Korea’s 2010 enrollment in the OECD’s Development Assistance Committee was a milestone in the history of its economic growth, epitomizing its unprecedented ascent from a war-stricken backwater to an aid donor.
The country has since been scaling up its aid commitments and personnel to help the developing world fight poverty, disease, climate change and other grave challenges. Last year, it doled out more than $1.74 billion in official development assistance as the world’s 16th-largest patron.
At the vanguard of the globetrotting mission is the Korea International Cooperation Agency. The organization in charge of Seoul’s grant aid carries out programs in some 46 nations in such areas as health care, education and infrastructure construction, with the scale of its volunteer corps nearing 2,000.
With demands skyrocketing for Korea’s know-how, KOICA President Kim Young-mok stressed the need for a more holistic approach that balances national interests and the needs of different state agencies while inducing private investment to boost its projects’ sustainability.
“We’re receiving requests for a partnership from countries in all layers of the world economy. Poor countries see Korea as a model for growth without hegemony, other middle powers seek a joint foray into emerging markets, and advanced ones value our unique style of development,” he said in a recent interview with The Korea Herald.
KOICA President Kim Young-mok. (Kim Myung-sub/The Korea Herald)
“Given our limited resources, we need a delicate balance ― whether it be between loans and grants, or traditional partners and those in urgent need of help.”
The former ambassador to Iran took the helm of the Seongnam, Gyeonggi Province-based agency in May 2013, bringing with him 35 years of diplomatic and field experience.
While at the Foreign Ministry, Kim took up various key posts including consul-general in New York, deputy executive director at the Korean Peninsula Energy Development Organization, minister at the permanent mission to the U.N. and deputy director-general for North American affairs.
Despite Korea’s recent feats, criticism has grown over the relatively small scale of its ODA, a heavy focus on loans compared to grants, and fragmented policies among state agencies.
Experts and relief workers have also called for a diversification of beneficiaries to include least developed countries based on humanitarian concerns rather than economic interests. From 2008-12, more than 55 percent of the country’s ODA was provided to Asia, in particular Southeast Asian countries, and the bulk of the remainder to energy-producing nations in Africa and Latin America.
“While promoting flexibility in national strategy, we should step up support particularly for war-devastated countries and refugees from disaster or conflict zones in line with the post-2015 global development agenda,” Kim added.
In 2013, Korea funneled $1.3 billion into bilateral assistance, consisting of $800 million in grants and $500 million in low-interest loans, and $450 million in programs run by international organizations.
The tally marks a 9.2 percent yearly increase. But as a ratio of gross national income, it represents a paltry 0.13 percent, far lower than the 0.3 percent rich-world average.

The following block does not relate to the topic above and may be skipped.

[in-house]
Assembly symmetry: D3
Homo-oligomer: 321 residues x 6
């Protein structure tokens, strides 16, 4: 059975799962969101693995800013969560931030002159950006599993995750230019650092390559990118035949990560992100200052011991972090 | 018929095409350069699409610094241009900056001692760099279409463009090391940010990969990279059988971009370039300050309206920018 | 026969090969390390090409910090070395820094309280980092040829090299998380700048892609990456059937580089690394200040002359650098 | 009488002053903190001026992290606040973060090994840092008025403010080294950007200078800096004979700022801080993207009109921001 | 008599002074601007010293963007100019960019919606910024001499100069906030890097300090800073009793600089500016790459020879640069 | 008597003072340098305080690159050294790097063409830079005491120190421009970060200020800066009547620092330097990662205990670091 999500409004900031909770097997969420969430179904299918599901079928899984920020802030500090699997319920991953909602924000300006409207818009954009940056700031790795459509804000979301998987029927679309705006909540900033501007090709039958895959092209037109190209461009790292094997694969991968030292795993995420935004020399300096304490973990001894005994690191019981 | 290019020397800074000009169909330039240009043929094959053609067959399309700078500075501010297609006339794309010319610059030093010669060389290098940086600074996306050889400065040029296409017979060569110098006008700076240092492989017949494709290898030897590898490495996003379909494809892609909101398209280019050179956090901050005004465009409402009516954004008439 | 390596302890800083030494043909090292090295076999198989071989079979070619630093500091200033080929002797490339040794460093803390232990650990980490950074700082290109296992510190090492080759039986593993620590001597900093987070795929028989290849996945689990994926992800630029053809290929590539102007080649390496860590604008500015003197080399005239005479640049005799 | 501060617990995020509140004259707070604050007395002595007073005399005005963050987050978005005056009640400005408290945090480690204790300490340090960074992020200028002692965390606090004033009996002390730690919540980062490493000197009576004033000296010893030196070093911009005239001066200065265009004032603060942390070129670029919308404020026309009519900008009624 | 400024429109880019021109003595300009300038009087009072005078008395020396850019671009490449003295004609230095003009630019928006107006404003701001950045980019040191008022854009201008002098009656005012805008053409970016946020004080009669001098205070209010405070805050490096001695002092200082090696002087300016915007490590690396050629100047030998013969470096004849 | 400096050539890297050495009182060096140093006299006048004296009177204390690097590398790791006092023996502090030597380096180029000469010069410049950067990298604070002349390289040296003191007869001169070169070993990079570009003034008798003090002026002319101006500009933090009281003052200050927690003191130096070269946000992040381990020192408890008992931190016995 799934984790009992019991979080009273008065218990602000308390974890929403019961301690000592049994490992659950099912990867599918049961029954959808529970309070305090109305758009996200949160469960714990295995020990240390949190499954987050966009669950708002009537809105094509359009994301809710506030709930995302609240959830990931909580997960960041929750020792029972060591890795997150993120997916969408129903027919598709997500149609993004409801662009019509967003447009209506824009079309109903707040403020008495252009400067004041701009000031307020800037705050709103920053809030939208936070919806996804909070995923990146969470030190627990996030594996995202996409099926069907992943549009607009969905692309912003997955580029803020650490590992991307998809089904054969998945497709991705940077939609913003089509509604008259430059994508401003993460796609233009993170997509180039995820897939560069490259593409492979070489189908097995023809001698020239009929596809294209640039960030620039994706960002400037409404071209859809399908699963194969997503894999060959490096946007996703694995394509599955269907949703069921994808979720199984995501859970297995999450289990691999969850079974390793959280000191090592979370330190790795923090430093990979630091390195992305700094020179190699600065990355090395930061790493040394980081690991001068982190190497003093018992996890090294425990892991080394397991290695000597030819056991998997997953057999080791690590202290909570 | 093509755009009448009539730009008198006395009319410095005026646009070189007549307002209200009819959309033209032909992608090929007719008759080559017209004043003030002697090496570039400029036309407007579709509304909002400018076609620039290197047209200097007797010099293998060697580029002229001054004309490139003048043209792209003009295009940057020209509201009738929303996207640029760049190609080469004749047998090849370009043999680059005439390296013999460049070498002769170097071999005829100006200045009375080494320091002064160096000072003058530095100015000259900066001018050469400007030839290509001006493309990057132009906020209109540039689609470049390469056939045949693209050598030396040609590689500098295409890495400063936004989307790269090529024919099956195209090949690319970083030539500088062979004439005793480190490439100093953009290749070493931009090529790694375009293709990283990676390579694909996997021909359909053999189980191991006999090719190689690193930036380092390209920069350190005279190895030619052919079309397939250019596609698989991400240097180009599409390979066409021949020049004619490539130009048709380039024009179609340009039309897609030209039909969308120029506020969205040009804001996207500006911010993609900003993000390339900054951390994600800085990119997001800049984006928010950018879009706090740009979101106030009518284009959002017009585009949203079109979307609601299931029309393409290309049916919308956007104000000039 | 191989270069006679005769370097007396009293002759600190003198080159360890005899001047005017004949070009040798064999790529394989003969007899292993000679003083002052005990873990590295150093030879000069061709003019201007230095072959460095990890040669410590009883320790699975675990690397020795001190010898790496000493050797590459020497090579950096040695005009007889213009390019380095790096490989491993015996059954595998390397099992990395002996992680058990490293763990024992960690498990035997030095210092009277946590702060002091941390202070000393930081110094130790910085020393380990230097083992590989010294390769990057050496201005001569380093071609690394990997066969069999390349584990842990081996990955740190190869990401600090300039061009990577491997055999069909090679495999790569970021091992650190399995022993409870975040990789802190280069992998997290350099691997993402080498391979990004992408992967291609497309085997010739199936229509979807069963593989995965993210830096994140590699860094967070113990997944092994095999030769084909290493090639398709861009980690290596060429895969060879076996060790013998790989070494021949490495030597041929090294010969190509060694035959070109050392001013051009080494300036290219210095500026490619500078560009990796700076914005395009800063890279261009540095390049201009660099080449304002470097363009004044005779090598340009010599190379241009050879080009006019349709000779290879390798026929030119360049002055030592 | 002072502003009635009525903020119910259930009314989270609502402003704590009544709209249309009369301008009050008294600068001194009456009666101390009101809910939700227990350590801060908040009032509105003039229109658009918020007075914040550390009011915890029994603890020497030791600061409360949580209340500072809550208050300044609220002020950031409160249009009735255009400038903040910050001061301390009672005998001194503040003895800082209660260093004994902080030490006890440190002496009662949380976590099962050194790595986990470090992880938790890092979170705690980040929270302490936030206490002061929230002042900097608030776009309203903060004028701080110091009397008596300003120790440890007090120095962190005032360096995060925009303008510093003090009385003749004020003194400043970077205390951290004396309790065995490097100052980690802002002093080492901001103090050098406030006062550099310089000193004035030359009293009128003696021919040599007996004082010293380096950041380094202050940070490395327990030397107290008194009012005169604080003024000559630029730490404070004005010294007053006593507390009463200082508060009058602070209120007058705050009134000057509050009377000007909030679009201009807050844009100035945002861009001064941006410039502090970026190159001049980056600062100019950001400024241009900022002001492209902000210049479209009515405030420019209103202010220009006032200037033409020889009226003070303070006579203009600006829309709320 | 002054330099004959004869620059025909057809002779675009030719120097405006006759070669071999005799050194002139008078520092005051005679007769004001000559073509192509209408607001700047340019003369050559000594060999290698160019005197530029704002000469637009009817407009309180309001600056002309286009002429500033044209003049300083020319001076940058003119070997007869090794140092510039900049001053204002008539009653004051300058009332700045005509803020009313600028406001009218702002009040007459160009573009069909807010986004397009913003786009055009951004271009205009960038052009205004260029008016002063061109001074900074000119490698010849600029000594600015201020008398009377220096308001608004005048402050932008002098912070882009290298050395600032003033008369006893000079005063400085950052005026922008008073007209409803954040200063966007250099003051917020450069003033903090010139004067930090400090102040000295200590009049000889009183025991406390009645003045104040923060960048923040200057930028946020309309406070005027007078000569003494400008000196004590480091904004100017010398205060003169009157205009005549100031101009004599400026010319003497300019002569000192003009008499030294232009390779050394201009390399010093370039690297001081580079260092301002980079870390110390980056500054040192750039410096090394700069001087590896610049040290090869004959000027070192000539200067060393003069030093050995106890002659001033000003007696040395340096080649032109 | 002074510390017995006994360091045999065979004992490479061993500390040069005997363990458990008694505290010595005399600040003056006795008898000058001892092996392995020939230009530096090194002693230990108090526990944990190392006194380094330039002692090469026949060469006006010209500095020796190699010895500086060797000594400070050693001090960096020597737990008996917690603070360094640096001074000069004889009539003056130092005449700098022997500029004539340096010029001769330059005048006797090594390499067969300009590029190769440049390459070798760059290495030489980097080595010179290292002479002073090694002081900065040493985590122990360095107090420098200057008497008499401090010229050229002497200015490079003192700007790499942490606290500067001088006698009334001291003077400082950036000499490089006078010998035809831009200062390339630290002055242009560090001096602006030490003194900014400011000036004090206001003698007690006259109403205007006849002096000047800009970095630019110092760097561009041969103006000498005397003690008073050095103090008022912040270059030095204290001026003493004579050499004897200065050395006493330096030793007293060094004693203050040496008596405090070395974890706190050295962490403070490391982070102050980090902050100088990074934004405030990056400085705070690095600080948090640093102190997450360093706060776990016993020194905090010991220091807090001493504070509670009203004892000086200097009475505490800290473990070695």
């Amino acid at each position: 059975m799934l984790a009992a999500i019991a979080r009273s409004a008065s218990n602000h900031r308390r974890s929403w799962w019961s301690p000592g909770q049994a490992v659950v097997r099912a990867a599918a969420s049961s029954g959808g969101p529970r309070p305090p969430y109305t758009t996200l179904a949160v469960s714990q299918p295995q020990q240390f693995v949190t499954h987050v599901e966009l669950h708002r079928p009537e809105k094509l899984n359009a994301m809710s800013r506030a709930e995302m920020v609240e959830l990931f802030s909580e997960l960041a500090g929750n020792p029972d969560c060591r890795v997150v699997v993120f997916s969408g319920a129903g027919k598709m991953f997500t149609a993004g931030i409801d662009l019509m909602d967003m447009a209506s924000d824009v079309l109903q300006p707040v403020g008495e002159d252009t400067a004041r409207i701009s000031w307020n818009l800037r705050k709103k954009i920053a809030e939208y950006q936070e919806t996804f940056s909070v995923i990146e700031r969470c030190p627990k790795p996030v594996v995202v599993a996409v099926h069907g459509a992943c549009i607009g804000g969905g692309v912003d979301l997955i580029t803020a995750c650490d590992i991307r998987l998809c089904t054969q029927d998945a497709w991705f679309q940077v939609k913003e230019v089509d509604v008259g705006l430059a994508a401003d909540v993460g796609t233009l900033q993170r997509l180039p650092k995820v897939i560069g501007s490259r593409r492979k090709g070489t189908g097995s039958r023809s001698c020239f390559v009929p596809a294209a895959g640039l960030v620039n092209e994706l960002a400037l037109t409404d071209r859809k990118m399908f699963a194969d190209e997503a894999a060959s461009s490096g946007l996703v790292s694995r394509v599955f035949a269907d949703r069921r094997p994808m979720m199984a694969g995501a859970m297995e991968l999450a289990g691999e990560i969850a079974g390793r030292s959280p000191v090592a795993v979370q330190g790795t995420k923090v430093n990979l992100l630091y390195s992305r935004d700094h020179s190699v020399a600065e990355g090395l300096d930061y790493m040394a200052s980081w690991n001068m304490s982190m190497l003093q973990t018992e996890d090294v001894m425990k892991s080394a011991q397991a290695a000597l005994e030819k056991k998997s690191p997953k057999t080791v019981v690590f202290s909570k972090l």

The government’s 2015 goal of raising the proportion to 0.25 also appears far-fetched given budgetary constraints.
While the share of loans in Seoul’s ODA has gradually risen, most of the 28 DAC countries except the U.S. and Japan strive for the 100 percent grant principle.
“Globally, the total amount of ODA has been hovering at similar levels in recent years in the face of economic woes,” the former career diplomat noted.
“As they saw a spike in foreign direct investment and their reliance on private investment, many countries have expanded grants because developing countries don’t have much capacity to repay loans.”
In addition, conflicting goals between the Finance Ministry, the Foreign Ministry and the Prime Minister’s Office have long been blamed for fueling tension and eroding the aid’s overall effectiveness. Officials from the Paris-based DAC, the U.N. and other nongovernmental agencies have taken issue.
Many diplomats complain that the Finance Ministry resists calls for a rise in grants while sharply ramping up its own loans program. Economic policymakers, for their part, say they have been struggling to prop up public finances amid listless growth that takes its toll on tax revenues and their long-pursued ambition to balance the country’s books.
To tackle the concerns and boost program efficiency, KOICA is striving to step up cooperation with other agencies such as the Export-Import Bank of Korea.
“We’ve been grappling with coming up with a project that could create synergy because the resources are limited yet so many stakeholders claim their parts,” Kim noted.
“We’re trying to work with the bank from the planning stages to incorporate grants and loans little by little. But inevitably there are limits because the two are different organizations in nature and have different standards.”
With a new international development framework underway, Kim stressed the significance of inclusiveness, sustainability and climate change in shaping future assistance efforts. He is also committed to intensifying cooperation with the private sector and civil society.
“The concept of public-private partnership used to be mainly about us taking applications and then providing financial support for the winner. We want to upgrade that to a more mutual one in which KOICA and the contractors actually work together throughout the process, backing each other up and raising the project’s sustainability,” Kim added.
“I think sustainability is key. In the end, it’s all about building administrative, technological and business capacity.”
By Shin Hyon-hee (firstname.lastname@example.org)